Krabbe Disease Symptoms, Diagnosis, and Treatment

Krabbe disease is a degenerative condition that affects the nervous system

Krabbe's leukodystrophy
Jensflorian/Wikimedia Commons/Creative Commons

Krabbe disease, also known as globoid cell leukodystrophy, is a degenerative genetic disease that affects the nervous system. People with Krabbe disease have mutations in their GALC gene. Because of these mutations, they don’t produce enough of the enzyme galactosylceramidase. This deficiency leads to a progressive loss of the protective layer covering nerve cells, called myelin. Without this protective layer, our nerves cannot function properly, damaging our brains and our nervous system.

Krabbe disease affects an estimated 1 in 100,000 people worldwide, with higher incidences reported in some areas in Israel.

Symptoms of Krabbe Disease

There are four subtypes of Krabbe disease, each with their own onset and symptoms.

Type 1InfantileBegins between 3 to 6 months of age
Type 2Late InfantileBegins between 6 months and 3 years of age
Type 3JuvenileBegins between 3 to 8 years of age
Type 4Adult onsetBegins anytime after 8 years of age

Since Krabbe disease affects the nerve cells, many of the symptoms it causes are neurological. Type 1, the infantile form, accounts for 85 to 90 percent of cases. Type 1 progresses through three stages:

  • Stage 1: Begins around three to six months after birth. Affected infants stop developing and become irritable. They have a high muscle tone (muscles are stiff or tense) and trouble feeding.
  • Stage 2: More rapid nerve cell damage occurs, leading to loss of use of muscles, increasing muscle tone, arching of the back, and damage to vision. Seizures may begin.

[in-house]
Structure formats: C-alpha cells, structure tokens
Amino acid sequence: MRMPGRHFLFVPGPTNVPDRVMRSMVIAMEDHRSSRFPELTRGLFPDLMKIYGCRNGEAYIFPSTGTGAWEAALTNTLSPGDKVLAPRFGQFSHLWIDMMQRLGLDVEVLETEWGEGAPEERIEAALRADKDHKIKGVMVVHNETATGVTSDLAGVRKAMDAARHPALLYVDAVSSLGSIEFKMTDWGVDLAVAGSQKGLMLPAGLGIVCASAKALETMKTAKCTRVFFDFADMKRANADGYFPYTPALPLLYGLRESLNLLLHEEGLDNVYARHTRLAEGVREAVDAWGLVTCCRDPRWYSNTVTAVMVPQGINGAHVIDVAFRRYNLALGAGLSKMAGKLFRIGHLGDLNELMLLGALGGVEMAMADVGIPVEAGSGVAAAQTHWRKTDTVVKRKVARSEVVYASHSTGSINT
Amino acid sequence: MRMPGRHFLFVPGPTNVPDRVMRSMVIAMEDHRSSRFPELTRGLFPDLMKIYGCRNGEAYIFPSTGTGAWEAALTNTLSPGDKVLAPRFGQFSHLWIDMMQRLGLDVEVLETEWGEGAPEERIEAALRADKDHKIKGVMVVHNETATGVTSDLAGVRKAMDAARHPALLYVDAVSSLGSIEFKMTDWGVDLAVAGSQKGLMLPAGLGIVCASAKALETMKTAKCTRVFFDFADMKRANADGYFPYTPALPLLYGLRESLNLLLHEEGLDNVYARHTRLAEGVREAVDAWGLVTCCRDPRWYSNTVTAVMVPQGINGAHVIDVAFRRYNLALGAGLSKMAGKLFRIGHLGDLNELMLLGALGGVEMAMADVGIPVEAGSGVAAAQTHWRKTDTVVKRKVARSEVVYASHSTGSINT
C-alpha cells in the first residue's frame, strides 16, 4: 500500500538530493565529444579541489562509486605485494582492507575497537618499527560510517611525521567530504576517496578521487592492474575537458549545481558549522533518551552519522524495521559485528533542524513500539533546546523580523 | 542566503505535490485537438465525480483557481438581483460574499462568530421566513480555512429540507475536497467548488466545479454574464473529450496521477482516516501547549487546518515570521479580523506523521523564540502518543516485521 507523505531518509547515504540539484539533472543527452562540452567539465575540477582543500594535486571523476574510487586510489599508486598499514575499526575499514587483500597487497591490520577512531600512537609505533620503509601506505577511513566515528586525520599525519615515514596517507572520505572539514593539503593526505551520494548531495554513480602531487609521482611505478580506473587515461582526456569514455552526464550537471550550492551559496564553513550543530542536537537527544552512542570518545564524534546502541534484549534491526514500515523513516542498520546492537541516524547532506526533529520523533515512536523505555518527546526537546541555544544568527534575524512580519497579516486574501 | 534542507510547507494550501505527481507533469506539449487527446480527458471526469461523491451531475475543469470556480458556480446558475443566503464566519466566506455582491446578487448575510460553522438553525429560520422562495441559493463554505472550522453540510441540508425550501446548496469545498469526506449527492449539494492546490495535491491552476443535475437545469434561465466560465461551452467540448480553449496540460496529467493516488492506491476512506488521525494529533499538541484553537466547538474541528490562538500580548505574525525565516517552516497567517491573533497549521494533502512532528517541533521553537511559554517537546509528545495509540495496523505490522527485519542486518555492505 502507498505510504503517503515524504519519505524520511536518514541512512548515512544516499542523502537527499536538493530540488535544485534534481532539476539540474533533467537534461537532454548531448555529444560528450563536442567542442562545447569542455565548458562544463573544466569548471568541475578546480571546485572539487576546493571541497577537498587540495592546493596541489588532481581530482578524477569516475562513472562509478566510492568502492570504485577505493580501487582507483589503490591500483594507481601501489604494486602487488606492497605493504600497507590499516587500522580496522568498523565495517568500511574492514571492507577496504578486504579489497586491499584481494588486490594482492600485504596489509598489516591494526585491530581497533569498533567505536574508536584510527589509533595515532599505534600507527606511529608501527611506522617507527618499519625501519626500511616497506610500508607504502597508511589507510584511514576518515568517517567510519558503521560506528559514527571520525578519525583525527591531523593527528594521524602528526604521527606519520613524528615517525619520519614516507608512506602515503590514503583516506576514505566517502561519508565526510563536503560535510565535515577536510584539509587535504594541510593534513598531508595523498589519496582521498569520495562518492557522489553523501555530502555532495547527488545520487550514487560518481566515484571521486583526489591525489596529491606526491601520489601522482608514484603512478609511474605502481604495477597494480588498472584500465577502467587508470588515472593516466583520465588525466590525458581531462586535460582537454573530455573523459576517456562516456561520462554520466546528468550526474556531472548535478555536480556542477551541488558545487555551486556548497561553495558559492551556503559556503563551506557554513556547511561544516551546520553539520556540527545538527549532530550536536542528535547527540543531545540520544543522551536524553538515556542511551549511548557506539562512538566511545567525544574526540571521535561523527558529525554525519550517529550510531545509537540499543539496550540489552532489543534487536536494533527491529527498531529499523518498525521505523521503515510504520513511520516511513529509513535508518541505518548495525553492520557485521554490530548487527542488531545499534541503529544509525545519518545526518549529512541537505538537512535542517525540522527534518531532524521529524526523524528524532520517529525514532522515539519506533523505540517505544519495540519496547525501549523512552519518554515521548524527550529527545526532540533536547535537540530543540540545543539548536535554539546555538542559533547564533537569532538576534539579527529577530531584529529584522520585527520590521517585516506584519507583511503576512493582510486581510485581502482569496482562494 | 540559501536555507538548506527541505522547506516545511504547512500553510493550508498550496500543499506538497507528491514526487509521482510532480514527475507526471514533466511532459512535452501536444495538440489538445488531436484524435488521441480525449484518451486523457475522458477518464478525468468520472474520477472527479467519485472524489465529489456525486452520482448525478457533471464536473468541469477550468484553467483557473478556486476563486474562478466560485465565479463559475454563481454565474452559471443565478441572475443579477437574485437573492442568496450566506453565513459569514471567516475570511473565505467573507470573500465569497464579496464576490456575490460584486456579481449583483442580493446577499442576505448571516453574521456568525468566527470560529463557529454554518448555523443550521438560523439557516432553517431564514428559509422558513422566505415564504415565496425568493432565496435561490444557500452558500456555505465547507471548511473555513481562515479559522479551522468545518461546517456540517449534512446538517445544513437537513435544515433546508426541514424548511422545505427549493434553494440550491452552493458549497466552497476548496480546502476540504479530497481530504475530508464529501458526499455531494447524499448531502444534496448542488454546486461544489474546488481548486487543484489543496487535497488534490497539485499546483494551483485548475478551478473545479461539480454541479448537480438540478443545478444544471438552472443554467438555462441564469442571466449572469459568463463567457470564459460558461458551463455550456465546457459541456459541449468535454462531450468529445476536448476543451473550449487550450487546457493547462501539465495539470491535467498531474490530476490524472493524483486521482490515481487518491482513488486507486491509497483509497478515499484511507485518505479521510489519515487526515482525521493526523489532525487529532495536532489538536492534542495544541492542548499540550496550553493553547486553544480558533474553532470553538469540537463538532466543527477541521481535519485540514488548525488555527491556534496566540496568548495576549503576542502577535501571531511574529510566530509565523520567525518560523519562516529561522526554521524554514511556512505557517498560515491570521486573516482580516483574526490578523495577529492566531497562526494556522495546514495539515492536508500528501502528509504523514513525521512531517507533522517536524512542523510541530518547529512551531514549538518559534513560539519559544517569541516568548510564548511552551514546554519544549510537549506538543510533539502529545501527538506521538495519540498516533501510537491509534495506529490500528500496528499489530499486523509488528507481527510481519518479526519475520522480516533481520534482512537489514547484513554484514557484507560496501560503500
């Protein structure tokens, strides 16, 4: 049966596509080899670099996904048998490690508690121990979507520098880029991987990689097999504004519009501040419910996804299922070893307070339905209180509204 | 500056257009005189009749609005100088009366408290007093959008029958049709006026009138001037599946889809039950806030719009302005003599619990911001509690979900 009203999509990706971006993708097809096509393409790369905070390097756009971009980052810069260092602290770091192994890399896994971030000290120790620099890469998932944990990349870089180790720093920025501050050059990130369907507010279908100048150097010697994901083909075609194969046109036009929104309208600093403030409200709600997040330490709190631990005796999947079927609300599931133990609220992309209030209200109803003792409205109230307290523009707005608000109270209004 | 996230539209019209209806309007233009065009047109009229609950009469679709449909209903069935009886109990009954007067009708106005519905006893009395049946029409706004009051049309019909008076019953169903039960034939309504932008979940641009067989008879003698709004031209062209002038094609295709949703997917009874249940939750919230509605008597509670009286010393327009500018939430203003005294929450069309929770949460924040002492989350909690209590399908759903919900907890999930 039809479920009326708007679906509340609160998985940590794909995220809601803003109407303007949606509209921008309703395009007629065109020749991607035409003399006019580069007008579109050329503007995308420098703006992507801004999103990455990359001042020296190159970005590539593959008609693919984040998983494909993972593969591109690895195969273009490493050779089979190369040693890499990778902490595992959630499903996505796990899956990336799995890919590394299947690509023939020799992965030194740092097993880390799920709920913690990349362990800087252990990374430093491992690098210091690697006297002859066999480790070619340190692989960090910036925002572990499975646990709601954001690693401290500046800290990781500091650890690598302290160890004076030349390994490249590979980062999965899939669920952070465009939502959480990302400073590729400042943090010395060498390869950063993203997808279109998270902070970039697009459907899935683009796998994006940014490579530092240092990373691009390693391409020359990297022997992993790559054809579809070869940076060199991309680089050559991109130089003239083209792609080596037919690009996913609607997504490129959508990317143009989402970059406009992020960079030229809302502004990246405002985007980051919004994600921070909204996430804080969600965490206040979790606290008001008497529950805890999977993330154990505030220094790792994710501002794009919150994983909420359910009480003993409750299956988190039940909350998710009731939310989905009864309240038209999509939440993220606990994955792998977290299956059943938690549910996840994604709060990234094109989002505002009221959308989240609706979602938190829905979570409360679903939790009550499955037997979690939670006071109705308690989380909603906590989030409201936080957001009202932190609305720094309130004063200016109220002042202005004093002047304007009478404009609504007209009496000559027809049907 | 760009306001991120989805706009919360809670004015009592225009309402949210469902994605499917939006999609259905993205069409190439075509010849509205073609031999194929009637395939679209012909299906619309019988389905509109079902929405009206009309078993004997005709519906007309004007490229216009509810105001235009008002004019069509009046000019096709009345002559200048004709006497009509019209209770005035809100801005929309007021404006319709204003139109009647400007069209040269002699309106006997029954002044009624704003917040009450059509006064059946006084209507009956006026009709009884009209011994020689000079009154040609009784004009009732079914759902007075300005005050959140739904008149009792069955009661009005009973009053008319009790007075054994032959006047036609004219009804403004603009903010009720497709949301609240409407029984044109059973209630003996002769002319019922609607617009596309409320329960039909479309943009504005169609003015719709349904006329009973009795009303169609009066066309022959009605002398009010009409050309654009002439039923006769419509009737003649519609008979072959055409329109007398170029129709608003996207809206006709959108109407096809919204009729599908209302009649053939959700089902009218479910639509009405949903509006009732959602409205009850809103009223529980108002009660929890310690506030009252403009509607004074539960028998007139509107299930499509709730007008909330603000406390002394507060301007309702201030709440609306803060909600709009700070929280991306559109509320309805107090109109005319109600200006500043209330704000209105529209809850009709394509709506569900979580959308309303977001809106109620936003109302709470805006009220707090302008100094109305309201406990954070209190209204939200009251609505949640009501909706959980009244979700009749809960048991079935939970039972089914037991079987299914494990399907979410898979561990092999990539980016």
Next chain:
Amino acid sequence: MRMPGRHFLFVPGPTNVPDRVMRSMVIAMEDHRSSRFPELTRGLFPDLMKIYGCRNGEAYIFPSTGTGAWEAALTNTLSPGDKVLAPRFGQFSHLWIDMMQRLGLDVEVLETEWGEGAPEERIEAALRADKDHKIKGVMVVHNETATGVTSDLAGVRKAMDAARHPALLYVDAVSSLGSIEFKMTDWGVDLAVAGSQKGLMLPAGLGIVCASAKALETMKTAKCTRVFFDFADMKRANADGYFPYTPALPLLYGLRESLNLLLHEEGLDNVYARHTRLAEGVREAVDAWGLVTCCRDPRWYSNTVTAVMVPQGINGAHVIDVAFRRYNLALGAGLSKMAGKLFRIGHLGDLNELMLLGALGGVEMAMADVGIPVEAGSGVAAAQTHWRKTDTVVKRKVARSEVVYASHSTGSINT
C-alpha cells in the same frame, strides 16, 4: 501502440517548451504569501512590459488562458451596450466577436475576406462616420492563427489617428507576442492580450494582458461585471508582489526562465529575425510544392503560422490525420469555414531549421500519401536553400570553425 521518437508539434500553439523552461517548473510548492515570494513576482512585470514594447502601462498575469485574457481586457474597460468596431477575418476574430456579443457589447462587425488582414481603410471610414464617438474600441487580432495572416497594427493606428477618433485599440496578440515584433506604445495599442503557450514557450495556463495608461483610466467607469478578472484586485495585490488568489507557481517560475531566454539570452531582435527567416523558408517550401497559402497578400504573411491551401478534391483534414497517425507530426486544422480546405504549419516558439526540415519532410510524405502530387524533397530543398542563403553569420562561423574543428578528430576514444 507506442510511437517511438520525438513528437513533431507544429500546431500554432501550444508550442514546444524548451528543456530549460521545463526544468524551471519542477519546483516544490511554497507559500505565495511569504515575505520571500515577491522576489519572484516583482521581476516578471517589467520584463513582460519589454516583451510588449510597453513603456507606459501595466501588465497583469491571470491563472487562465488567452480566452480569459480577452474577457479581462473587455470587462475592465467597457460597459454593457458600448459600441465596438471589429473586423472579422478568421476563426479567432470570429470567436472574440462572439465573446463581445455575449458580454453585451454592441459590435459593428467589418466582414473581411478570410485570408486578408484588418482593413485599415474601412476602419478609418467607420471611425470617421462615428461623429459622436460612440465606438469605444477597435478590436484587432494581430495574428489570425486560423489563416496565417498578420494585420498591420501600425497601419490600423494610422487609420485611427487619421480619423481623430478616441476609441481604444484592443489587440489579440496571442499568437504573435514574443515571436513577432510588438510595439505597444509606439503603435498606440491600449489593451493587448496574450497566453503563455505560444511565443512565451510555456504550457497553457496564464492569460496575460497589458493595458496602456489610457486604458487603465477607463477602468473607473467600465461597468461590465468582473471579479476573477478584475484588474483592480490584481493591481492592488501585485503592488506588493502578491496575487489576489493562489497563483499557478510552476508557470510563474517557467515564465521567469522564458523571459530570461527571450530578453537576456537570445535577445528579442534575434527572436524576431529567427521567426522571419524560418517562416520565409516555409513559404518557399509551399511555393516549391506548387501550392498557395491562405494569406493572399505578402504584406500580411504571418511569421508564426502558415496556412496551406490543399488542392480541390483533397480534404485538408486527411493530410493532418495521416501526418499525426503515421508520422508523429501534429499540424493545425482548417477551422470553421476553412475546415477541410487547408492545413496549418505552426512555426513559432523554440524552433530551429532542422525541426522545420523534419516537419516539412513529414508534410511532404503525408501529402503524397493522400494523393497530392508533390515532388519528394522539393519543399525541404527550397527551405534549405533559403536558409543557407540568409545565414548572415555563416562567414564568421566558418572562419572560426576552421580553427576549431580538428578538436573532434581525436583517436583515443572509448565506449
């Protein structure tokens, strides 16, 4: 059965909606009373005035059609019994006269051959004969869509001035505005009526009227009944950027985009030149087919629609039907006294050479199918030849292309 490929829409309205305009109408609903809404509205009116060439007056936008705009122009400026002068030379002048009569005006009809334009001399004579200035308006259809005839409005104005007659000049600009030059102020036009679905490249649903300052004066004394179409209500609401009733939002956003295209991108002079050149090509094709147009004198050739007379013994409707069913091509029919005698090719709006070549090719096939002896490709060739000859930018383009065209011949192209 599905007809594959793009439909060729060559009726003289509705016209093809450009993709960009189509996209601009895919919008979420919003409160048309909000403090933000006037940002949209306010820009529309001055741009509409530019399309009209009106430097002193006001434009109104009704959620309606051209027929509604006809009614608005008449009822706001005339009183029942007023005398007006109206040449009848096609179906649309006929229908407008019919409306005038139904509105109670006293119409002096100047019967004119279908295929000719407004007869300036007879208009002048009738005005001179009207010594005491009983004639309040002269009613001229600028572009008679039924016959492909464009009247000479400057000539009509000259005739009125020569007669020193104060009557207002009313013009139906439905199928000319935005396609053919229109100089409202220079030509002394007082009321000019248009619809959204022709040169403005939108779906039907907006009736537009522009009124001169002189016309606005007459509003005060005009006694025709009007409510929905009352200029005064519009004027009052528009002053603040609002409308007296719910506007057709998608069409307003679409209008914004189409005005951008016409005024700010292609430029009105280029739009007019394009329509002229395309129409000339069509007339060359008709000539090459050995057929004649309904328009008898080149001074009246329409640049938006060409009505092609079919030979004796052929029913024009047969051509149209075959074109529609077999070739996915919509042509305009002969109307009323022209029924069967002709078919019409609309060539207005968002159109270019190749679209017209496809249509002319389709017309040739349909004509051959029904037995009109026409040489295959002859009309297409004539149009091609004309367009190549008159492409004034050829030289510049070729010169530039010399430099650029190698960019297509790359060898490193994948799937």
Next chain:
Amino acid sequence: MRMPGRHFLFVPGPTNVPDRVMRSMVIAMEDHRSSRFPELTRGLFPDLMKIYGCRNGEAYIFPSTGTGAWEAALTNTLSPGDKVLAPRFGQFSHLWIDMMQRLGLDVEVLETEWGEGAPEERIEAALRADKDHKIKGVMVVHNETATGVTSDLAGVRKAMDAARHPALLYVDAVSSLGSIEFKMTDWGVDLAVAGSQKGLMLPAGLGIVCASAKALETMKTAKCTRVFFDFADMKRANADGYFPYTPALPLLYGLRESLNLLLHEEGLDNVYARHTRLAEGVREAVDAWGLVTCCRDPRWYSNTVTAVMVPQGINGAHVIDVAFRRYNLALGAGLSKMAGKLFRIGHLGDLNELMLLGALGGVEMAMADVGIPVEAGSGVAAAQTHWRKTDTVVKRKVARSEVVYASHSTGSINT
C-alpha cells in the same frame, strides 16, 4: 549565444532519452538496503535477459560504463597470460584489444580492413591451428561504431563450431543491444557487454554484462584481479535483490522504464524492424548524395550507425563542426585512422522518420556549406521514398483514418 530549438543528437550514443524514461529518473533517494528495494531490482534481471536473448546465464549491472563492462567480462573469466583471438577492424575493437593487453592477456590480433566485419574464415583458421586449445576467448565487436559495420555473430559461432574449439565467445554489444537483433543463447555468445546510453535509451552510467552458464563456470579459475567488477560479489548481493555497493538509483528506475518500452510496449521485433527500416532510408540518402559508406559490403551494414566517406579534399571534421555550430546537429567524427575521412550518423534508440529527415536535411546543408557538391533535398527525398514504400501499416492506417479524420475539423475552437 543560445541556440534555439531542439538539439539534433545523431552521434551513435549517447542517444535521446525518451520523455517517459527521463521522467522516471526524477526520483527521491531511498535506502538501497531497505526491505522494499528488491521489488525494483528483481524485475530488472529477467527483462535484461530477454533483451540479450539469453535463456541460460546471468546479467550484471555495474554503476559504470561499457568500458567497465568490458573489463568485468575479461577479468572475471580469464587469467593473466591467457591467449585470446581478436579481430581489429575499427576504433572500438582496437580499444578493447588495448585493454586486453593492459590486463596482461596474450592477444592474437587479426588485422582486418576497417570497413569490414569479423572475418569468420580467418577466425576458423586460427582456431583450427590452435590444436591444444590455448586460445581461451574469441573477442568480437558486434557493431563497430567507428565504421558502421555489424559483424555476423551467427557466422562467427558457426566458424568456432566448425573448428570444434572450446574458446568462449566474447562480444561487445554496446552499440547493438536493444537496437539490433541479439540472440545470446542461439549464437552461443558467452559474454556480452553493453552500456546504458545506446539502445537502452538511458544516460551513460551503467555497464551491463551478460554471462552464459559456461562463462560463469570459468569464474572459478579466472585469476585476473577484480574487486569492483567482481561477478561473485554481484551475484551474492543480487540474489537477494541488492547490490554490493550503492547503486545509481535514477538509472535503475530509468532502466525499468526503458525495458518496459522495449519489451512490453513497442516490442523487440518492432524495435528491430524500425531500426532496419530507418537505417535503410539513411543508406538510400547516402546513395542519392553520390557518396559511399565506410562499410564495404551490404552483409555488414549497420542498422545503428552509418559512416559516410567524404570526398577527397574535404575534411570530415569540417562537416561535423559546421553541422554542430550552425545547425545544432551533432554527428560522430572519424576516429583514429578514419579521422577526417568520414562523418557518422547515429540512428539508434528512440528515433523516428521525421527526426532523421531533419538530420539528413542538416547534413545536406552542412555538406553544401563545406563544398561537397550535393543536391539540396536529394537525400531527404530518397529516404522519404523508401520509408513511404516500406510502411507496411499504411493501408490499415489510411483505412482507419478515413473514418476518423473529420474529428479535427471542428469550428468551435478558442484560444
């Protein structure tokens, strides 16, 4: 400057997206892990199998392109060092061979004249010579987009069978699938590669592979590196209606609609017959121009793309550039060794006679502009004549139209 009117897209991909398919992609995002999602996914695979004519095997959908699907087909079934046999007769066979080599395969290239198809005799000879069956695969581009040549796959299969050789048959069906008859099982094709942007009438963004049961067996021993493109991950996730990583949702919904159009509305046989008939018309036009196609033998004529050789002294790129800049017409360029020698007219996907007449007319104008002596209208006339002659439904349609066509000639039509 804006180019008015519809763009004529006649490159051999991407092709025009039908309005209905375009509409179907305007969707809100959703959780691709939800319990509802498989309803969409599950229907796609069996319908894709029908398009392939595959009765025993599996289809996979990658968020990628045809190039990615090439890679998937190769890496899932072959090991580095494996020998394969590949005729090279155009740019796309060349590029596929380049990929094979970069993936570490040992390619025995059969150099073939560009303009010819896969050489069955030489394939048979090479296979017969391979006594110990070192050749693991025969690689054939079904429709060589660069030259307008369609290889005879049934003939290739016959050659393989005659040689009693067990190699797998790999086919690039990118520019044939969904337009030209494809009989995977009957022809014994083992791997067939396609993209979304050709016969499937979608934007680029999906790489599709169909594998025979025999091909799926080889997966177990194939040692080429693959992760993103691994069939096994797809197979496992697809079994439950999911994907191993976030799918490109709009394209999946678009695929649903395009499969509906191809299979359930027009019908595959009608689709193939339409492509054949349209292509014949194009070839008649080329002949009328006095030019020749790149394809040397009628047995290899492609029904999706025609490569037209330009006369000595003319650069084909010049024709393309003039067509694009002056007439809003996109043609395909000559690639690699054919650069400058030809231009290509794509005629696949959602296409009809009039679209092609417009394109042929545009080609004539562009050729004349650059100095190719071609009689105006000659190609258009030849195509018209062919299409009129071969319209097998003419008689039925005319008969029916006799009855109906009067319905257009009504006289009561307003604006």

• Stage 3: Infant becomes blind, deaf, unaware of their surroundings, and fixed in a stiff posture. The lifespan for children with Type 1 is about 13 months.

The other types of Krabbe disease begin after a period of normal development. These types also progress slower than Type 1 does. Children generally do not survive more than two years after Type 2 begins.

Life expectancy for Types 3 and 4 varies, and symptoms may not be as severe.

How Krabbe Disease Is Diagnosed

If your child’s symptoms suggest Krabbe disease, a blood test can be done to see if they have a galactosylceramidase deficiency, confirming a Krabbe disease diagnosis. A lumbar puncture can be done to sample the cerebrospinal fluid. Abnormally high protein levels can indicate the disease. For a child to be born with the condition, both parents must carry the mutated gene — located on chromosome 14. If the parents carry the gene, their unborn child can be tested for a galactosylceramidase deficiency. Some states offer newborn testing for Krabbe disease.


There is no cure for Krabbe disease. Recent studies have pointed to hematopoietic stem cell transplantation (​HSCT), stem cells that develop into blood cells, as a potential treatment for the condition. HSCT works best when it is given to patients who have not yet shown symptoms or are mildly symptomatic.The treatment works best when given during the first month of life.

HCST can benefit those with late-onset or slowly progressive disease and children with infantile-onset disease if given early enough. While HCST will not cure the disease, it can provide a better quality of life — delaying disease progression and increasing life expectancy. However, HCST comes with its own risks and has a mortality rate of 15 percent.

Current research is investigating treatments targeting inflammatory markers, enzyme replacement therapy, gene therapy, and neural stem cell transplantation. These therapies are all in their beginning stages and are not yet recruiting for clinical trials.

Information for this article was taken from:
Tegay, D. H. (2014). Krabbe disease. eMedicine.

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